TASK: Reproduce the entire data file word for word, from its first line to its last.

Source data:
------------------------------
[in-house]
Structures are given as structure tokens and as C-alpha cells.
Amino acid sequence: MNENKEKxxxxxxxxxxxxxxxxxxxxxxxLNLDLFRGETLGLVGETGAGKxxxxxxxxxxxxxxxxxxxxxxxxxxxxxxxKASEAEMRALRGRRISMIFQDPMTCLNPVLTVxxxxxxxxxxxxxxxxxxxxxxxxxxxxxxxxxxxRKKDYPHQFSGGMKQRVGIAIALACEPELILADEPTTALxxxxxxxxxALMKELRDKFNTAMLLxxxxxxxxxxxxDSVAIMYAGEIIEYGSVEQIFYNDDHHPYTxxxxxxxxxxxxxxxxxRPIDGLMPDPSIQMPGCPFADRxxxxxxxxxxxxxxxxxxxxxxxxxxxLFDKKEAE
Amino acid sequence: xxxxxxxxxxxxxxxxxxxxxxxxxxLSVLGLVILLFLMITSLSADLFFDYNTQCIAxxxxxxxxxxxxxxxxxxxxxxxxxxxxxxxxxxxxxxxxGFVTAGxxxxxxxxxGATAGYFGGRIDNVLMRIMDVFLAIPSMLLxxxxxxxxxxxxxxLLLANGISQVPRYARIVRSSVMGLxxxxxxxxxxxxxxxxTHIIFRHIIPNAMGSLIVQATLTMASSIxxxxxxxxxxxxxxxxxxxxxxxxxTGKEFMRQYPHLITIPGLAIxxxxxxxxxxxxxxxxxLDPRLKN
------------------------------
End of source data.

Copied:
[in-house]
Structures are given as structure tokens and as C-alpha cells.
Amino acid sequence: MNENKEKxxxxxxxxxxxxxxxxxxxxxxxLNLDLFRGETLGLVGETGAGKxxxxxxxxxxxxxxxxxxxxxxxxxxxxxxxKASEAEMRALRGRRISMIFQDPMTCLNPVLTVxxxxxxxxxxxxxxxxxxxxxxxxxxxxxxxxxxxRKKDYPHQFSGGMKQRVGIAIALACEPELILADEPTTALxxxxxxxxxALMKELRDKFNTAMLLxxxxxxxxxxxxDSVAIMYAGEIIEYGSVEQIFYNDDHHPYTxxxxxxxxxxxxxxxxxRPIDGLMPDPSIQMPGCPFADRxxxxxxxxxxxxxxxxxxxxxxxxxxxLFDKKEAE
Amino acid sequence: xxxxxxxxxxxxxxxxxxxxxxxxxxLSVLGLVILLFLMITSLSADLFFDYNTQCIAxxxxxxxxxxxxxxxxxxxxxxxxxxxxxxxxxxxxxxxxGFVTAGxxxxxxxxxGATAGYFGGRIDNVLMRIMDVFLAIPSMLLxxxxxxxxxxxxxxLLLANGISQVPRYARIVRSSVMGLxxxxxxxxxxxxxxxxTHIIFRHIIPNAMGSLIVQATLTMASSIxxxxxxxxxxxxxxxxxxxxxxxxxTGKEFMRQYPHLITIPGLAIxxxxxxxxxxxxxxxxxLDPRLKN